Annex A, Requirements for the design of anti-climb devices, is normative and should, therefore, be complied with (often an Annex to a standard is informative only). Under A.1, General, there is a note stating that an anti-climb device is considered to be a guard, so readers are referred to ISO 14120, Safety of machinery. Guards. General requirements for the design and construction of fixed and movable guards.

Subclause A.2.3, Testing, explains the tests required for door-type anti-climb devices and hatch covers. There is no option in the Annex for verifying the safety requirements by calculation.

Annex B (informative) illustrates the main dimensions of a fixed ladder equipped with a safety cage.

Annex C lists the significant technical changes between ISO 14122-4:2016 and the previous edition, which will be helpful to readers who have been working on the earlier edition.

Compliance surveys

Procter Machine Guarding offers free Machine Guarding Compliance Surveys of standalone machinery and assemblies of machines, old or new, and can also assess permanent means of access. After an initial telephone consultation, Procter’s safety engineers can make an appointment to undertake a site visit and assess the machinery. As part of the free survey, the safety engineers provide a short written report that identifies areas of non-compliance and actions that can be taken to reduce risk, improve safety and comply with PUWER. Importantly, rather than just leaving a list of ‘problems’, the company can also provide ‘solutions’ in the form of a quote and, if requested, work can be carried out to make the machinery compliant.

Useful resources

All can be downloaded from www.machinesafety.co.uk/free-downloads/free-machine-safety-guides or email [email protected]

Free Risk Assessment Calculator
Based on the requirements of BS EN ISO 12100 and designed to be simple to use.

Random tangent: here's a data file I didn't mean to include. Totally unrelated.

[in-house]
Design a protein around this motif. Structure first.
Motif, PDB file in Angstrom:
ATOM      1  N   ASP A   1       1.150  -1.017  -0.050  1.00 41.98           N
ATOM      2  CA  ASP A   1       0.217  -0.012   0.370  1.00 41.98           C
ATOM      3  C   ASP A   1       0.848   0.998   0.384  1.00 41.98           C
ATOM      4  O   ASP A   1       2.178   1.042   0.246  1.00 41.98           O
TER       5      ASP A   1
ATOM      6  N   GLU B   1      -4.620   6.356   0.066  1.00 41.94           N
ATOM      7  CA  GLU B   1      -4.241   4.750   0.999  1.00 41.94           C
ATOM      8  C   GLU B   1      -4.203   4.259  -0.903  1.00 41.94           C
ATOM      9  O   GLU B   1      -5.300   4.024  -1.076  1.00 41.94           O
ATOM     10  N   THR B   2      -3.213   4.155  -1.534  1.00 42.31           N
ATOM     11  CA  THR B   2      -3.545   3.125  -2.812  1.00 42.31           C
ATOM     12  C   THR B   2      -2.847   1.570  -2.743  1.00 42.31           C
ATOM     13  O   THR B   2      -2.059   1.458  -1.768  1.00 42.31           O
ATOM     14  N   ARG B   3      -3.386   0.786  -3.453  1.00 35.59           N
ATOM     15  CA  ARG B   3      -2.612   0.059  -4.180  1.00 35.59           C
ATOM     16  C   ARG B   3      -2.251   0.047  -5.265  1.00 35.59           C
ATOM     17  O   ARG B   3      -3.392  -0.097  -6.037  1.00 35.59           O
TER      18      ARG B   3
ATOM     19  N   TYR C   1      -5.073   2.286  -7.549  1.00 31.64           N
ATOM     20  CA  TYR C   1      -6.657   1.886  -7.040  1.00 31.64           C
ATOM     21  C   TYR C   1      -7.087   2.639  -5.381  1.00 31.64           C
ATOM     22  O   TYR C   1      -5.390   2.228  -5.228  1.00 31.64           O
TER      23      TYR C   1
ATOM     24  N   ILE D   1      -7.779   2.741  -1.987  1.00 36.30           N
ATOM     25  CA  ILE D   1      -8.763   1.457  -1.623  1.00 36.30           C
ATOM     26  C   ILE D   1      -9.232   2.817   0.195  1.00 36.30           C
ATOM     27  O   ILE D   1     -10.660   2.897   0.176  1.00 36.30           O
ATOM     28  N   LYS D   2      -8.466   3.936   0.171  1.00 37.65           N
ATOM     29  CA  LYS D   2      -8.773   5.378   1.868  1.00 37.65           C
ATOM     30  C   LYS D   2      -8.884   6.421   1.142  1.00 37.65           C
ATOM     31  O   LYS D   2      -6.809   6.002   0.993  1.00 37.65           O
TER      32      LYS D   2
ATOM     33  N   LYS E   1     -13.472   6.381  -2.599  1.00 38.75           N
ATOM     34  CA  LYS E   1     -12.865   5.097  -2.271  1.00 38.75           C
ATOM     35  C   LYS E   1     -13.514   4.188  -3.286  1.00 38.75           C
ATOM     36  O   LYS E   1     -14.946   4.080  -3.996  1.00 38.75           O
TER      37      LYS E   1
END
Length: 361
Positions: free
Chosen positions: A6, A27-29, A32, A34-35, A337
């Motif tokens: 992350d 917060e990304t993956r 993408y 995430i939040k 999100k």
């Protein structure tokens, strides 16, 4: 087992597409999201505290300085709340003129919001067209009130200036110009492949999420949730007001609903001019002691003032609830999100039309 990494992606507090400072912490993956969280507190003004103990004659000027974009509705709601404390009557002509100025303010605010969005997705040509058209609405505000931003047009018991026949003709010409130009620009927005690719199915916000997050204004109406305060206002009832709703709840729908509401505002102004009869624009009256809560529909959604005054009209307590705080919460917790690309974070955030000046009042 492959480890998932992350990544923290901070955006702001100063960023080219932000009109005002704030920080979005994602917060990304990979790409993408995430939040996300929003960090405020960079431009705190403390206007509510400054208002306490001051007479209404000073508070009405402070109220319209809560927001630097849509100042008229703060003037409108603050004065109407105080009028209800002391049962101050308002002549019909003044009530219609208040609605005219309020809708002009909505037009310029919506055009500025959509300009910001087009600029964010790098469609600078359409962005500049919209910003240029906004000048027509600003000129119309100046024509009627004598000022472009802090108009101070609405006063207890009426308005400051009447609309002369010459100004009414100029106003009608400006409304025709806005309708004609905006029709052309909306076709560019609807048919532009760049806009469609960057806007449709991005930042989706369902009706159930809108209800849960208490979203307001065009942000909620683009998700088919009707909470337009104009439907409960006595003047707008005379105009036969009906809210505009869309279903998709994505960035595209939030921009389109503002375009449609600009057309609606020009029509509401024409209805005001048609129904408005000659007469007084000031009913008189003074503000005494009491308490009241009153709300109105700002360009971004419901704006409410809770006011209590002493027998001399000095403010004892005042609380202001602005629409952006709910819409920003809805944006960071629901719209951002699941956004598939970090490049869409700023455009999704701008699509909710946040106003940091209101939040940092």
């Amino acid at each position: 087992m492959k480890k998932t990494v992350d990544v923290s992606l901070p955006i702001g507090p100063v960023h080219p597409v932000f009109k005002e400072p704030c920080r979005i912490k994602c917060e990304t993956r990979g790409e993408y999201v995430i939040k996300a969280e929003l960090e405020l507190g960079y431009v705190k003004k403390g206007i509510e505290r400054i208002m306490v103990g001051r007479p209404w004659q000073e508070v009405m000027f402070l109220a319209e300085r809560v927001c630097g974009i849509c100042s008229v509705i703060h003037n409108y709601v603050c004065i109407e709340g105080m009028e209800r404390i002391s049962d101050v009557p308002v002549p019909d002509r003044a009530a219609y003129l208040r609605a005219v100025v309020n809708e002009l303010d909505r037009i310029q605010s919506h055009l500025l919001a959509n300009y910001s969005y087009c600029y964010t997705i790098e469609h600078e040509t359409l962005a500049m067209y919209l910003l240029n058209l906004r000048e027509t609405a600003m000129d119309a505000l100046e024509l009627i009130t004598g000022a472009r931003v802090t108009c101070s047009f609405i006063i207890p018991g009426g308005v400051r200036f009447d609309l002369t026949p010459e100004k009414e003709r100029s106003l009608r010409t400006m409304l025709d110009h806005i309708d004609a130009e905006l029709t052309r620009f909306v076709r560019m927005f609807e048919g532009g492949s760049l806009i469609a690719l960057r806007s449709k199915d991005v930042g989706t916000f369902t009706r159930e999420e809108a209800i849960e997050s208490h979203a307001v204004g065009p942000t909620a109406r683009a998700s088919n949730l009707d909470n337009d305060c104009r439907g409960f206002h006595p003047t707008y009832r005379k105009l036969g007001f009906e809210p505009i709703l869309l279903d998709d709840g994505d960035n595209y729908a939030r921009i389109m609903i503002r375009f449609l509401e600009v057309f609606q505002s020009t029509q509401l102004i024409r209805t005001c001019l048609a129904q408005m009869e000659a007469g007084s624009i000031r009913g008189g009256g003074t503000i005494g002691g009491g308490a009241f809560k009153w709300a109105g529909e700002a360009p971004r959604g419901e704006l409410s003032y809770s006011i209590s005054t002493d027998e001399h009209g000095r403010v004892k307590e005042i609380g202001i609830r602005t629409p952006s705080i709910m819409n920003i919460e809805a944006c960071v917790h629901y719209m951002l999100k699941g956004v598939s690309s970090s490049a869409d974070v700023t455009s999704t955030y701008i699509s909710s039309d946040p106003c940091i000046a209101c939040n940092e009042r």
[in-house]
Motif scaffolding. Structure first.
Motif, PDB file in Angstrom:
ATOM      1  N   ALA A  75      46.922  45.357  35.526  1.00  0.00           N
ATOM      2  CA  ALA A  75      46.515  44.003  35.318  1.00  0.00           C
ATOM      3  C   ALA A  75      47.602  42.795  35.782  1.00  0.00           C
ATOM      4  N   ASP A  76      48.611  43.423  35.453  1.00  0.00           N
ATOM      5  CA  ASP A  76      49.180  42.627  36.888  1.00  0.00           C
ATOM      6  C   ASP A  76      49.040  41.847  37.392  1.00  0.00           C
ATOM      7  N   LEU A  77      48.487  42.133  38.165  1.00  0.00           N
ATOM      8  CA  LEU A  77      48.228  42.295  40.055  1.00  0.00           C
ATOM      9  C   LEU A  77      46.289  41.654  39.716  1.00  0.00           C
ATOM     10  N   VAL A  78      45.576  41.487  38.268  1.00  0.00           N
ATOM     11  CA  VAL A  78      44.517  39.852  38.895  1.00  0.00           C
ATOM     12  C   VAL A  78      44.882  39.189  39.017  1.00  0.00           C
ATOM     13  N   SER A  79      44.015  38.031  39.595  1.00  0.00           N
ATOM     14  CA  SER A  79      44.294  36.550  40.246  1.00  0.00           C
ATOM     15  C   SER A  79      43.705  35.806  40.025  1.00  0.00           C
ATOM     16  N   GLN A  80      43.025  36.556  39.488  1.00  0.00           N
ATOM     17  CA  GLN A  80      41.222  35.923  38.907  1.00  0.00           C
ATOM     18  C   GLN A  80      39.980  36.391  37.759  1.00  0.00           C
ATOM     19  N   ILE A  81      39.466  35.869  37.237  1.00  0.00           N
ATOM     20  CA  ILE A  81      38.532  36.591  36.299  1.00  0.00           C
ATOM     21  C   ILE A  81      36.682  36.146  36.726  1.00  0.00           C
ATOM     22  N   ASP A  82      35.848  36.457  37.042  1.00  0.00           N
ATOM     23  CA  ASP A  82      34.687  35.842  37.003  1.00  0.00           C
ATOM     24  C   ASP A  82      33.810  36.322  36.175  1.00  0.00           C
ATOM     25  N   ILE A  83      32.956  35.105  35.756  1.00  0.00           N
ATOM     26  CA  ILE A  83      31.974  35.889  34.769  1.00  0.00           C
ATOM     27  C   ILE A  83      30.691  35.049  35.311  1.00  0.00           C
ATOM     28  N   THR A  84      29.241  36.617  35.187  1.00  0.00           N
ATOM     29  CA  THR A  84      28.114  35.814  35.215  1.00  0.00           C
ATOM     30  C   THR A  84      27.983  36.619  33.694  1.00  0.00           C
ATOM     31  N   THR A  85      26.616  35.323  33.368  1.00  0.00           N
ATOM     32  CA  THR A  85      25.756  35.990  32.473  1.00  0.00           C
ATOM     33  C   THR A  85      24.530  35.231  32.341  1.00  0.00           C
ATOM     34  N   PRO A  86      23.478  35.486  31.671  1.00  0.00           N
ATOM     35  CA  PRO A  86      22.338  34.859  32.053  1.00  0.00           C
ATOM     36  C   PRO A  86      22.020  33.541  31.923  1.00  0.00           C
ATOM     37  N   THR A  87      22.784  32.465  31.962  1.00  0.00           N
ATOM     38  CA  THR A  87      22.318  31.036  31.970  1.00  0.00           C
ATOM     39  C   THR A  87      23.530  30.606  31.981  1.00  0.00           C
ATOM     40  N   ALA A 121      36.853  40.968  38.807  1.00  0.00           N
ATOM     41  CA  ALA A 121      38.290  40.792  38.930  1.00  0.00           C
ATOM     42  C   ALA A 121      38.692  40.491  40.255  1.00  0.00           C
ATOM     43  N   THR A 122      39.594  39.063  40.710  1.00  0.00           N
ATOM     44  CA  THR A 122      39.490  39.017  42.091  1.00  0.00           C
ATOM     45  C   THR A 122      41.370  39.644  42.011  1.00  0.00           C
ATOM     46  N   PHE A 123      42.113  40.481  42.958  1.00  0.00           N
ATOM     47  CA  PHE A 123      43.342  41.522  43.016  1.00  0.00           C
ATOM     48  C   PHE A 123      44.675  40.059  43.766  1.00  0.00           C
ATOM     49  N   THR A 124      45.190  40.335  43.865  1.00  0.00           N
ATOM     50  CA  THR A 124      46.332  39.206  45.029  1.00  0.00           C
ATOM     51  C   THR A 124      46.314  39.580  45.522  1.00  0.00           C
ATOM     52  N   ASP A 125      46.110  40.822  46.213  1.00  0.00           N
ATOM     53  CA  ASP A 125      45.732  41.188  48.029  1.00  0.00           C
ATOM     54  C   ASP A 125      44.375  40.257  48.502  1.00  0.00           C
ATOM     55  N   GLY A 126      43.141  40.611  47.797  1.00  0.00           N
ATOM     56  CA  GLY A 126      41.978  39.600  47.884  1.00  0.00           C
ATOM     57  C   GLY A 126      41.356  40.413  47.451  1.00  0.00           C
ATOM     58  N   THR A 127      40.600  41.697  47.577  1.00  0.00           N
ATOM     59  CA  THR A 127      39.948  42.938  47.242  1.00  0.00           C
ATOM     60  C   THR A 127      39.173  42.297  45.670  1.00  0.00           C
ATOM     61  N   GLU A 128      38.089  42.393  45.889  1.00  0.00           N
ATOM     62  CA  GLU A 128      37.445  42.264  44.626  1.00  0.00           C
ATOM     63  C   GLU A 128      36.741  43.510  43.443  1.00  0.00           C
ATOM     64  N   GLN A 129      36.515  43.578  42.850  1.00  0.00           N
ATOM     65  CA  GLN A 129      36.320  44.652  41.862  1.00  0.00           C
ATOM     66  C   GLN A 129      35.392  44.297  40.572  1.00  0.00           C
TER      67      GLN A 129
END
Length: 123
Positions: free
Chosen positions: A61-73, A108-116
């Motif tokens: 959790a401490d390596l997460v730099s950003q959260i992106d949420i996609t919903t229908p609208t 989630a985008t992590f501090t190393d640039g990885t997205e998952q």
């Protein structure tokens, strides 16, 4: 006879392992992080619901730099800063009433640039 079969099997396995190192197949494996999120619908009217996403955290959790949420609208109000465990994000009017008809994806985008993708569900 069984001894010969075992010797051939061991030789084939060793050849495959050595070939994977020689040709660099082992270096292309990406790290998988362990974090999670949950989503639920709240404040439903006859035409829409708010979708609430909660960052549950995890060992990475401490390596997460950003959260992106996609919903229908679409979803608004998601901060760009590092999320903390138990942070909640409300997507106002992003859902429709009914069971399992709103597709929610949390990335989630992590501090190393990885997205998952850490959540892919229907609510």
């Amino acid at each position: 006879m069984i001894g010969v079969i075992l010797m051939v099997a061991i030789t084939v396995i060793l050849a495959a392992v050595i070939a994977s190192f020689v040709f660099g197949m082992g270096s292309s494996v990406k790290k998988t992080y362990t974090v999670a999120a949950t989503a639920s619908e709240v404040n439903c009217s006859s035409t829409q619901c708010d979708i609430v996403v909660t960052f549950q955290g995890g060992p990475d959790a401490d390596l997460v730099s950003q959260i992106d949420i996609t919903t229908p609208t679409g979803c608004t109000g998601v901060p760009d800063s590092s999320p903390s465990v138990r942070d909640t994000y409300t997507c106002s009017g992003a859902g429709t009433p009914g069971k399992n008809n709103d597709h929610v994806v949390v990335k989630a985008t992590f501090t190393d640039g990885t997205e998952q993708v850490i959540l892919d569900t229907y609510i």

Free Safety Distance Calculator
Establishes machine guard safety distances and heights in accordance with BS EN ISO 13857.

Free Guide to the New Machinery Directive 2006/42/EC
To help companies comply with the Directive that came into force on 29 December 2009.

Free White Paper: Machinery Directive and Fixings for Fixed Guards
Explaining the amended requirements for Guard Fixings under the new Machinery Directive.

Free White Paper: CE Marking of Machine Guards
Explaining the requirements relating to CE marking of guards under the Machinery Directive.

Free White Paper: EN 349, Minimum Gaps to Avoid Crushing
Explaining the requirements of the standard for minimum gaps to prevent crushing.

Free White Paper: Differences Between BS EN 953 and BS EN ISO 14120
Explaining what changes have been introduced in BS EN ISO 14120, which replaces and supersedes BS EN 953.

Free White Paper: Conveyor Guarding
Explaining the hazards associated with conveyors, regulations and standards, and how to safeguard conveyors without adversely affecting productivity.

Free White Paper: The 2014 Edition of PD 5304
Explaining the changes in the new edition of BSI’s Guidance on the safe use of machinery.

Free Guide to Work Shop Safety
A guide to guarding small machine tools typically used in workshops.

Free Machine Accident Investigation Kit
To help companies meet their statutory obligations and prevent future accidents.

Free Ergonomics Guidance
European Commission publication Guidance on the application of the essential health and safety requirements on ergonomics.
Download: http://eceuropa.eu/growth/sectors/mechanical-engineering/machinery/index_ex.htm